The following are the top ongoing mega projects in Tanzania. Eastern Africa countries have increased investment in infrastructure projects in the past five years with Tanzania leading in terms of the value and number of projects that broke ground by June last year.
The Government is implementing the National Five-Year Development Plan 2016/17 – 2020/2021, which aims at nurturing industrialization for economic transformation and human development.
Bagamoyo Port US $11bn
Through a collaboration between Tanzania, China and Oman, the ambitious Bagamoyo port is now being developed in Tanzania, along with 190 industries built throughout a 1,700-hectare special economic zone adjacent to the port.
At a cost of US $11bn, this mega infrastructure project is designed to become Africa’s largest port.The port should be able to handle 20 million containers annually once it’s fully completed by 2045. The project will position Tanzania into a regional economic powerhouse.
East African Crude Oil Pipeline (EACOP)
The East African Crude Oil Pipeline (EACOP), also known as the Uganda–Tanzania Crude Oil Pipeline (UTCOP), is a 24 diameter pipeline that is under construction between Uganda and Tanzania.
The pipeline, with a planned capacity of 216,000 barrels of crude oil per day, starts in Buseruka sub-county, Hoima District, in Uganda’s Western Region and in a general south-easterly direction to pass through Rakai District in Uganda, Bukoba in Tanzania, loop around the southern shores of Lake Victoria, continue through Shinyanga and Singida, to end in Tanga, a distance of approximately 1,410 kilometers.
The total cost of the project was reportedly US$ 5bn as of August 2021. Of the total, US$ 2bn will be raised by the owners of the pipeline who include TotalEnergies, China National Offshore Oil Corporation, Uganda National Pipeline Company, and Tanzania Petroleum Development Corporation as equity investment. The remaining US$ 3bn will be borrowed from external sources.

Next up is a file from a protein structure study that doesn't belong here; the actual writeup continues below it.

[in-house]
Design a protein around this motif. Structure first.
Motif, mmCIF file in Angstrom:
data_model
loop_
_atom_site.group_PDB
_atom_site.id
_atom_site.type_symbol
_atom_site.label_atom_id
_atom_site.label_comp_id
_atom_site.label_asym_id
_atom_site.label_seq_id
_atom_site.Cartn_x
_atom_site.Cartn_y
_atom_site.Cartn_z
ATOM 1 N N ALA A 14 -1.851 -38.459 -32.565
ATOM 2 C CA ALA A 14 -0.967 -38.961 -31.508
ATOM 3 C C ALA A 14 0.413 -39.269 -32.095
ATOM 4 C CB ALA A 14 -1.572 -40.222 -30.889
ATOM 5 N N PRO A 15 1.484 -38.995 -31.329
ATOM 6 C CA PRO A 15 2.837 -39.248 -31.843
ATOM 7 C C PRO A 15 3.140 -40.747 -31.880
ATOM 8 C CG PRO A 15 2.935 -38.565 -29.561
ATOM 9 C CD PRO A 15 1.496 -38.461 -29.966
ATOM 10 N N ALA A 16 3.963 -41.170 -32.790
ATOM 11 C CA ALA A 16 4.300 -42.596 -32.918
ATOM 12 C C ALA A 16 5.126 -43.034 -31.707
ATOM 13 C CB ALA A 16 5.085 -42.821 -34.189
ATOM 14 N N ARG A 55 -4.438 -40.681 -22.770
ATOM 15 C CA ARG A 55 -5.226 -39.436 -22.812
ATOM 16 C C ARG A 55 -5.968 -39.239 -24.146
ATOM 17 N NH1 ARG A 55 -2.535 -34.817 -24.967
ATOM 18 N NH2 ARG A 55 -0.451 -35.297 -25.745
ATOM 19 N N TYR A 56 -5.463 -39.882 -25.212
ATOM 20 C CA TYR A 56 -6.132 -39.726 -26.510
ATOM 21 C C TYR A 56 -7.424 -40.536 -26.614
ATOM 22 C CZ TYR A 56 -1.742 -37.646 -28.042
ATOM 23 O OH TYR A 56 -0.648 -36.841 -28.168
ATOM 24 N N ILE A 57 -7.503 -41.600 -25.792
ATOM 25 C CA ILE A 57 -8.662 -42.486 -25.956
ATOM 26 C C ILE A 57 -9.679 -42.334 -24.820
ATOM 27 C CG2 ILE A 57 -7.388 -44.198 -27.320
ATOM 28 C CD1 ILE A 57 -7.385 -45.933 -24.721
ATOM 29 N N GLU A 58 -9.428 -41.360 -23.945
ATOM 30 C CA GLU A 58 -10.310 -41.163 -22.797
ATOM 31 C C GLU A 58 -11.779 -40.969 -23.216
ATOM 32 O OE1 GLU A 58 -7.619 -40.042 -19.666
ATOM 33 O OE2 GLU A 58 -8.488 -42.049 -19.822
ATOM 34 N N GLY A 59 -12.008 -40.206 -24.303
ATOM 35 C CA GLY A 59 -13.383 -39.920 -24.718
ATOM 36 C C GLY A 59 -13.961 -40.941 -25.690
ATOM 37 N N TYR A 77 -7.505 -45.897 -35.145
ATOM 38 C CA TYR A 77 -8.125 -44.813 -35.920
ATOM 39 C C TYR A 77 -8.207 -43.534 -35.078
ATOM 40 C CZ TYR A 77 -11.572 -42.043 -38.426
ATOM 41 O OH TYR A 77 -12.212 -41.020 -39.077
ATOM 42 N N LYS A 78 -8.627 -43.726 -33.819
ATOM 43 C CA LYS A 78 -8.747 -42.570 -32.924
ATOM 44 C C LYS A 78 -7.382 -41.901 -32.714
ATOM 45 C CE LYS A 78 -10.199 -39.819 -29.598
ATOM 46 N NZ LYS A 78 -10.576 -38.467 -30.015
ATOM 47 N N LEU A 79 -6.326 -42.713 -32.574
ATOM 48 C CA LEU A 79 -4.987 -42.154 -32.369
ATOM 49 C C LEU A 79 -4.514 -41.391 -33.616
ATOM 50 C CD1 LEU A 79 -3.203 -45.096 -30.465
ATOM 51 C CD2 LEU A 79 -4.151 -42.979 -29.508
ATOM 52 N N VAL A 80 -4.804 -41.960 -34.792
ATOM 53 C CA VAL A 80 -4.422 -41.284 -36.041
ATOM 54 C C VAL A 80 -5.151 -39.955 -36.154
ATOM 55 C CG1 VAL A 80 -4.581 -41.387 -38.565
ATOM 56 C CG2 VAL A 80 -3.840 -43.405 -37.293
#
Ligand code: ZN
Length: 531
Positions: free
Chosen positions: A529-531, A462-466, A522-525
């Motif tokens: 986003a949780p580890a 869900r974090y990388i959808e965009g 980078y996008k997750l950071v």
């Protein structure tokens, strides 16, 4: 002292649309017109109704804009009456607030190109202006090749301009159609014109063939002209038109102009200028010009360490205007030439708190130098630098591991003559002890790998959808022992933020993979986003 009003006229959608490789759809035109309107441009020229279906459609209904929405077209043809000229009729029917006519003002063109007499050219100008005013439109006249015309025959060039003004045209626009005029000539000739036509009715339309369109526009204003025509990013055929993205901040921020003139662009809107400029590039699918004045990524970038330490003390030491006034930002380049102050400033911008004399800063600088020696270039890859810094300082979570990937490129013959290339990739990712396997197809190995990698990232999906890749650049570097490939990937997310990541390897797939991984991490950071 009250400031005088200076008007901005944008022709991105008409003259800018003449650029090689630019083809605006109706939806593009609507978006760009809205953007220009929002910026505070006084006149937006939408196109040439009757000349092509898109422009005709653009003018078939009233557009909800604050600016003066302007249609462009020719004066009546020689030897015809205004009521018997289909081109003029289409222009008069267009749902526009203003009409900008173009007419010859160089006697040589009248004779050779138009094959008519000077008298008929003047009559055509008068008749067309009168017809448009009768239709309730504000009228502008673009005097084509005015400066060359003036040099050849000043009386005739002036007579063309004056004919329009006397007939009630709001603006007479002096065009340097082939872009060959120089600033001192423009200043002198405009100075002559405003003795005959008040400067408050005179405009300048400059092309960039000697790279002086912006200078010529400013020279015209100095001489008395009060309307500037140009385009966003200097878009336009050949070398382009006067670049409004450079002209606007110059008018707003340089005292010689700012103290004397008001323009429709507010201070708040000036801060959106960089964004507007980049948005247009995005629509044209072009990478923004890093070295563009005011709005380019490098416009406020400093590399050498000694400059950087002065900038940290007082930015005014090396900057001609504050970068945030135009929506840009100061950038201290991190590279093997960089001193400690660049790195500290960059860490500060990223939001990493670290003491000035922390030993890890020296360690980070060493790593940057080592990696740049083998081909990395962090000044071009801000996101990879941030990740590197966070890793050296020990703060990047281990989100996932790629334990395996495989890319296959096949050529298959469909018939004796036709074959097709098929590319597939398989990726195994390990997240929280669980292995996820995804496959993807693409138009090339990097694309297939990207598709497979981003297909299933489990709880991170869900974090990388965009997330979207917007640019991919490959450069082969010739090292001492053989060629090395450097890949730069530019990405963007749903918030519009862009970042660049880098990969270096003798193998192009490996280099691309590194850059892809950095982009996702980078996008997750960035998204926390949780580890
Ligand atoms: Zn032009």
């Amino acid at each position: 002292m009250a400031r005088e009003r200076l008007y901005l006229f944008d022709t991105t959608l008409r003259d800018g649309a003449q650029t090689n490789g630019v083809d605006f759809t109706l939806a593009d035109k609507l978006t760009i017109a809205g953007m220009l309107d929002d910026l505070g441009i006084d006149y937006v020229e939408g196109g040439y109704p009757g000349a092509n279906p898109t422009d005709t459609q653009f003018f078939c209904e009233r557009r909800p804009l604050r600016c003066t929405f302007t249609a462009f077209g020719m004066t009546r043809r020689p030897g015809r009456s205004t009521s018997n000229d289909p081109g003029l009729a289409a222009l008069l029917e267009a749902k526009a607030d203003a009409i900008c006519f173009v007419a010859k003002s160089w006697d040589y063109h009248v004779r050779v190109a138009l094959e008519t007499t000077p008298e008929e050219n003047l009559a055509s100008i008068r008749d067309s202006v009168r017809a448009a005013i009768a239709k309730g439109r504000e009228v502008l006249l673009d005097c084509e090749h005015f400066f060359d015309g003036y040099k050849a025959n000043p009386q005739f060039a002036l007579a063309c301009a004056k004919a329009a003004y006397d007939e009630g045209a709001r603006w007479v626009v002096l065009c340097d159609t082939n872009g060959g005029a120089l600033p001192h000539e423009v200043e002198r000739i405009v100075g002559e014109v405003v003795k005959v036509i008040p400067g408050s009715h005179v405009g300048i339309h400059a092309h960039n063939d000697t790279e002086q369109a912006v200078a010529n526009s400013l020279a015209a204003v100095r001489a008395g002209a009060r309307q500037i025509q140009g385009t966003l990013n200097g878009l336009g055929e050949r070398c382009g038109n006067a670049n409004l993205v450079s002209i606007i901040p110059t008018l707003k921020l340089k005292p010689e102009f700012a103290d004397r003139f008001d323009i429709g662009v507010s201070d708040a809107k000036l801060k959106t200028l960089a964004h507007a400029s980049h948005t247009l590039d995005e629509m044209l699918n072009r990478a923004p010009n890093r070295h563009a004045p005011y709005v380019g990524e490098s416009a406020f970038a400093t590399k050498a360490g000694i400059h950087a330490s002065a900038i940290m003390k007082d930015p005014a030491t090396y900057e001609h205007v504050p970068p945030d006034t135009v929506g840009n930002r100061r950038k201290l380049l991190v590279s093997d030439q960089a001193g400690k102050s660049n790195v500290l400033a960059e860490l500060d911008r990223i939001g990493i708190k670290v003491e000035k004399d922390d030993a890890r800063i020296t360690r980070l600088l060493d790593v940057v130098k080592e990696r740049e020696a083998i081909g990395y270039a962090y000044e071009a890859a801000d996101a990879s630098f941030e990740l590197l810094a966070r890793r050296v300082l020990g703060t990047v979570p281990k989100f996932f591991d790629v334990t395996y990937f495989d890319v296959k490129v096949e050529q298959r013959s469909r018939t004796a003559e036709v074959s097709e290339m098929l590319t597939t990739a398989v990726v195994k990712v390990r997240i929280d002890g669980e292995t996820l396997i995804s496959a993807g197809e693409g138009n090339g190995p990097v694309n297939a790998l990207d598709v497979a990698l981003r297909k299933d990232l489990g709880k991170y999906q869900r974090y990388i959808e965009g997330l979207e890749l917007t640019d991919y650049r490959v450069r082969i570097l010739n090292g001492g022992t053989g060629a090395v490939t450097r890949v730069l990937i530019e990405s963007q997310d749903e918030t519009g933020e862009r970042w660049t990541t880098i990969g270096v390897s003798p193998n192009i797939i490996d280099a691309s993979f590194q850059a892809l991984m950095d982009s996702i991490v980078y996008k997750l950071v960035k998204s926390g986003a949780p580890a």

Once completed, the East African Crude Oil Pipeline (EACOP) will be the longest heated crude oil pipeline in the world.
Tanzania SGR project
Tanzania will become the third country in East Africa to start enjoying modern railway services after Kenya and Ethiopia. Kenya was the first country in the region to start the construction of an SGR line, completing over 500km between Mombasa and Nairobi, and also inaugurating its passenger services in June 2017.
Dar es Salaam Maritime Gateway Project (DMGP)
New Likong’o-Mchinga Liquefied Natural Gas plant US $30bn
The LNG project worth US $30bn has become the most valuable project in the region. Once completed, the LNG plant, is expected to contribute about 7% towards the country’s economic growth.
New international airport in Dodoma
The project is part of programme to expand the East African nation’s infrastructure. It will be built in Msalato, 12 km from Dodoma. It will include a passenger terminal, runway and related infrastructure.
The new airport project which will take approximately four years for construction, will have a capacity to handle 1 million passengers annually and will have a runway of just over 2km in length.
The funding package for the project comprises a US $198.6m loan from the AfDB, US $23.52m from the African Development Fund, and US $50m in co-financing from China’s Africa Growing Together Fund, which the AfDB manages.
Tanzania-Burundi Standard Gauge Railway (SGR) Project
This is a planned 282 kilometres long SGR Line that will stretch from the western Tanzanian town of Uvinza to the Burundian political capital of Gitega (formerly known as Kitega).
According to an agrrement signed back in 2020 for the implementation of the project by the governments of Tanzania and Burundi, the former will construct a 156-kilometre section of the railway line, from the small town of Malagarasi to Uvinza, while the latter will construct a 126-kilometre stretch from Uvinza to Gitega.
Designed to reduce transportation costs, fast-track industrialization, and improve the overall regional economy upon completion, the Tanzania-Burundi SGR Line will ferry more than a million tons of cargo between the two East African countries, and help transport more than 3 million tons of minerals from Burundi to Tanzania each year.